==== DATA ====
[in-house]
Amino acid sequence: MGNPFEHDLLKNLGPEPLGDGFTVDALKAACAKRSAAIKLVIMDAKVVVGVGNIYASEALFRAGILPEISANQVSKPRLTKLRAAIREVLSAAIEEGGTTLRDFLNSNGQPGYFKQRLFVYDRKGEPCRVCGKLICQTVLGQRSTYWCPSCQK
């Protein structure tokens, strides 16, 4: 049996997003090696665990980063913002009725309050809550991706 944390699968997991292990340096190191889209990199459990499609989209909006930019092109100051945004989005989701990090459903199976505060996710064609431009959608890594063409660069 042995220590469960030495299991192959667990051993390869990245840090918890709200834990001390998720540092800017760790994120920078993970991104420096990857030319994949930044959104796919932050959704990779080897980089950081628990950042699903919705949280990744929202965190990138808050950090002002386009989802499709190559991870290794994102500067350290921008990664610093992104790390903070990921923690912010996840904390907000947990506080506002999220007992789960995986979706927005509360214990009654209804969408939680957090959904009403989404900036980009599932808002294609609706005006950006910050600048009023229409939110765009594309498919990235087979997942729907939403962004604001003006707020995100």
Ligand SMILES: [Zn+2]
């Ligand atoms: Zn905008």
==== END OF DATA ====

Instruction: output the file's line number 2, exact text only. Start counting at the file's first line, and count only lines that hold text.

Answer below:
Amino acid sequence: MGNPFEHDLLKNLGPEPLGDGFTVDALKAACAKRSAAIKLVIMDAKVVVGVGNIYASEALFRAGILPEISANQVSKPRLTKLRAAIREVLSAAIEEGGTTLRDFLNSNGQPGYFKQRLFVYDRKGEPCRVCGKLICQTVLGQRSTYWCPSCQK